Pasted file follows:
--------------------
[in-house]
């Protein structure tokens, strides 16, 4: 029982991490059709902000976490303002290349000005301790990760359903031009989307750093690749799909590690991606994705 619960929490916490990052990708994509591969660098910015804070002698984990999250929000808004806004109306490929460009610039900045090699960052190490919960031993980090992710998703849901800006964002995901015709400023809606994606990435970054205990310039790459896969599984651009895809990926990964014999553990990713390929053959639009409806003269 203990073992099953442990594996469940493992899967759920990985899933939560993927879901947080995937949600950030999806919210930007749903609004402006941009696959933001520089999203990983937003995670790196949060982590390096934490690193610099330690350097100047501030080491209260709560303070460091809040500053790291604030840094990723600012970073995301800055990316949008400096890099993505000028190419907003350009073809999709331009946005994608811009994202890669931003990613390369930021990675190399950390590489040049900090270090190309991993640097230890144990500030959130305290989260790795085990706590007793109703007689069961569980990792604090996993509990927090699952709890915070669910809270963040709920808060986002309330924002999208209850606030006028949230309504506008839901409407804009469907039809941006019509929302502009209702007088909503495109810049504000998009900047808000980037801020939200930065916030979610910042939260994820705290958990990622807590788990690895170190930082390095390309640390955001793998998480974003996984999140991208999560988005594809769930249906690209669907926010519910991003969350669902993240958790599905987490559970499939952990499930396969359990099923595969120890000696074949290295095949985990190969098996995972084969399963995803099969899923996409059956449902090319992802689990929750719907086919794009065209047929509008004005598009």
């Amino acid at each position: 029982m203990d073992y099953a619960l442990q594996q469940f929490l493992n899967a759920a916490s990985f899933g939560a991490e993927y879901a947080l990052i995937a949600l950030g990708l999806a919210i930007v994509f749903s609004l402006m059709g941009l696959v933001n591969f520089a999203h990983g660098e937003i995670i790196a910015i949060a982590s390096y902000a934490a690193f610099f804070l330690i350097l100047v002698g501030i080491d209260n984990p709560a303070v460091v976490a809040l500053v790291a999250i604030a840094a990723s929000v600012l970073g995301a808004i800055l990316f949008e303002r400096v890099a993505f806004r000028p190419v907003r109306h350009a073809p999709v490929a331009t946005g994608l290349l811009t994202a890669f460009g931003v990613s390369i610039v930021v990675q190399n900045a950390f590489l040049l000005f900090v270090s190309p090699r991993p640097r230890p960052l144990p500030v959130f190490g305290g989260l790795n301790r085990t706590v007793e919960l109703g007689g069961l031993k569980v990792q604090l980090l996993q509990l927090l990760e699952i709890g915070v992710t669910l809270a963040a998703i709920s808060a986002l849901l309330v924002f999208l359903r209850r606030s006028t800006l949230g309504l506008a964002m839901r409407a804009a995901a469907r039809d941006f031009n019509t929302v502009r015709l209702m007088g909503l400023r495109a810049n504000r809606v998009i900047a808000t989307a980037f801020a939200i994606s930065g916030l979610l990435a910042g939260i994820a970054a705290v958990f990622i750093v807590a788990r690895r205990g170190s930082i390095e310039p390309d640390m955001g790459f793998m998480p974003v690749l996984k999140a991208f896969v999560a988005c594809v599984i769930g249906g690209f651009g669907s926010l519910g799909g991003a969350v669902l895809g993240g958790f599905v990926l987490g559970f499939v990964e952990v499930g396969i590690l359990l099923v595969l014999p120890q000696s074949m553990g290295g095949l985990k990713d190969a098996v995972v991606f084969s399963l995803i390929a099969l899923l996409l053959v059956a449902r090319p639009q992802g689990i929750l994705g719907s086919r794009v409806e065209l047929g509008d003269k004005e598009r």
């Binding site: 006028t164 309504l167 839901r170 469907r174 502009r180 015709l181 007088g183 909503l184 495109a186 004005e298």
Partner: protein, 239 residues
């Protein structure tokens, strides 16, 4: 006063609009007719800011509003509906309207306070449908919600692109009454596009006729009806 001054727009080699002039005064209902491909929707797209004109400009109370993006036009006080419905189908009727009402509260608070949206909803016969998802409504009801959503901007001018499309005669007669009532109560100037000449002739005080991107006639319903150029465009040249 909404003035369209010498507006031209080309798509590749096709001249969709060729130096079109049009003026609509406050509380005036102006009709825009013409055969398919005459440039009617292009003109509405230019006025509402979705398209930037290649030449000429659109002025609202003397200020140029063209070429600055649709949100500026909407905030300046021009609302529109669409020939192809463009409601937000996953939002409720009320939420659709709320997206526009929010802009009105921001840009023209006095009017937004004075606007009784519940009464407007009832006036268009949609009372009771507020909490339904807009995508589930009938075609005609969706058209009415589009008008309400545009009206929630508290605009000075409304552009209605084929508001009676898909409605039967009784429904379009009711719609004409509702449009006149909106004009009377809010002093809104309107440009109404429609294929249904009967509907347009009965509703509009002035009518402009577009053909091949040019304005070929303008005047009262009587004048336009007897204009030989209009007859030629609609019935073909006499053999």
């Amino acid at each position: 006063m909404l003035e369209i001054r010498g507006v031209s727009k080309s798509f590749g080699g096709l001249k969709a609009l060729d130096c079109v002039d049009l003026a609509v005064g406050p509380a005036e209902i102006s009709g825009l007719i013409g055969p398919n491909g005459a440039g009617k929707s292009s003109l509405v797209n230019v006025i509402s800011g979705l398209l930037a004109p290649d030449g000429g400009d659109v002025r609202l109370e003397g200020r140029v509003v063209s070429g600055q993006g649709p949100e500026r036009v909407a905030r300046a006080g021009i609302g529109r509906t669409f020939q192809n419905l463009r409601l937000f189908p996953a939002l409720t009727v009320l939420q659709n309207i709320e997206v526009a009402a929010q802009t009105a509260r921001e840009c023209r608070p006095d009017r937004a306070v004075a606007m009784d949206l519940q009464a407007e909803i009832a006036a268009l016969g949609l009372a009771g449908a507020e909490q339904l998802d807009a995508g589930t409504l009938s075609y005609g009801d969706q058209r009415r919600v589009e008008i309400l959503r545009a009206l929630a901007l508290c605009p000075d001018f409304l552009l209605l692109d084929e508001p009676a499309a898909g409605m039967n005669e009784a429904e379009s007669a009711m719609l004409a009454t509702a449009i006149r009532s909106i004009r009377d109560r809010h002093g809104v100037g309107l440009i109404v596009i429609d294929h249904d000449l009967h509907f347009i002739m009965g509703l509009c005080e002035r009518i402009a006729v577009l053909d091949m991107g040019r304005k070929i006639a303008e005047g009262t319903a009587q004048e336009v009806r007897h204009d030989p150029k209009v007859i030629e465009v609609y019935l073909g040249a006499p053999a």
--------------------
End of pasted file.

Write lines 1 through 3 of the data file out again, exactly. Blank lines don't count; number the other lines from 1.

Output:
[in-house]
């Protein structure tokens, strides 16, 4: 029982991490059709902000976490303002290349000005301790990760359903031009989307750093690749799909590690991606994705 619960929490916490990052990708994509591969660098910015804070002698984990999250929000808004806004109306490929460009610039900045090699960052190490919960031993980090992710998703849901800006964002995901015709400023809606994606990435970054205990310039790459896969599984651009895809990926990964014999553990990713390929053959639009409806003269 203990073992099953442990594996469940493992899967759920990985899933939560993927879901947080995937949600950030999806919210930007749903609004402006941009696959933001520089999203990983937003995670790196949060982590390096934490690193610099330690350097100047501030080491209260709560303070460091809040500053790291604030840094990723600012970073995301800055990316949008400096890099993505000028190419907003350009073809999709331009946005994608811009994202890669931003990613390369930021990675190399950390590489040049900090270090190309991993640097230890144990500030959130305290989260790795085990706590007793109703007689069961569980990792604090996993509990927090699952709890915070669910809270963040709920808060986002309330924002999208209850606030006028949230309504506008839901409407804009469907039809941006019509929302502009209702007088909503495109810049504000998009900047808000980037801020939200930065916030979610910042939260994820705290958990990622807590788990690895170190930082390095390309640390955001793998998480974003996984999140991208999560988005594809769930249906690209669907926010519910991003969350669902993240958790599905987490559970499939952990499930396969359990099923595969120890000696074949290295095949985990190969098996995972084969399963995803099969899923996409059956449902090319992802689990929750719907086919794009065209047929509008004005598009």
């Amino acid at each position: 029982m203990d073992y099953a619960l442990q594996q469940f929490l493992n899967a759920a916490s990985f899933g939560a991490e993927y879901a947080l990052i995937a949600l950030g990708l999806a919210i930007v994509f749903s609004l402006m059709g941009l696959v933001n591969f520089a999203h990983g660098e937003i995670i790196a910015i949060a982590s390096y902000a934490a690193f610099f804070l330690i350097l100047v002698g501030i080491d209260n984990p709560a303070v460091v976490a809040l500053v790291a999250i604030a840094a990723s929000v600012l970073g995301a808004i800055l990316f949008e303002r400096v890099a993505f806004r000028p190419v907003r109306h350009a073809p999709v490929a331009t946005g994608l290349l811009t994202a890669f460009g931003v990613s390369i610039v930021v990675q190399n900045a950390f590489l040049l000005f900090v270090s190309p090699r991993p640097r230890p960052l144990p500030v959130f190490g305290g989260l790795n301790r085990t706590v007793e919960l109703g007689g069961l031993k569980v990792q604090l980090l996993q509990l927090l990760e699952i709890g915070v992710t669910l809270a963040a998703i709920s808060a986002l849901l309330v924002f999208l359903r209850r606030s006028t800006l949230g309504l506008a964002m839901r409407a804009a995901a469907r039809d941006f031009n019509t929302v502009r015709l209702m007088g909503l400023r495109a810049n504000r809606v998009i900047a808000t989307a980037f801020a939200i994606s930065g916030l979610l990435a910042g939260i994820a970054a705290v958990f990622i750093v807590a788990r690895r205990g170190s930082i390095e310039p390309d640390m955001g790459f793998m998480p974003v690749l996984k999140a991208f896969v999560a988005c594809v599984i769930g249906g690209f651009g669907s926010l519910g799909g991003a969350v669902l895809g993240g958790f599905v990926l987490g559970f499939v990964e952990v499930g396969i590690l359990l099923v595969l014999p120890q000696s074949m553990g290295g095949l985990k990713d190969a098996v995972v991606f084969s399963l995803i390929a099969l899923l996409l053959v059956a449902r090319p639009q992802g689990i929750l994705g719907s086919r794009v409806e065209l047929g509008d003269k004005e598009r």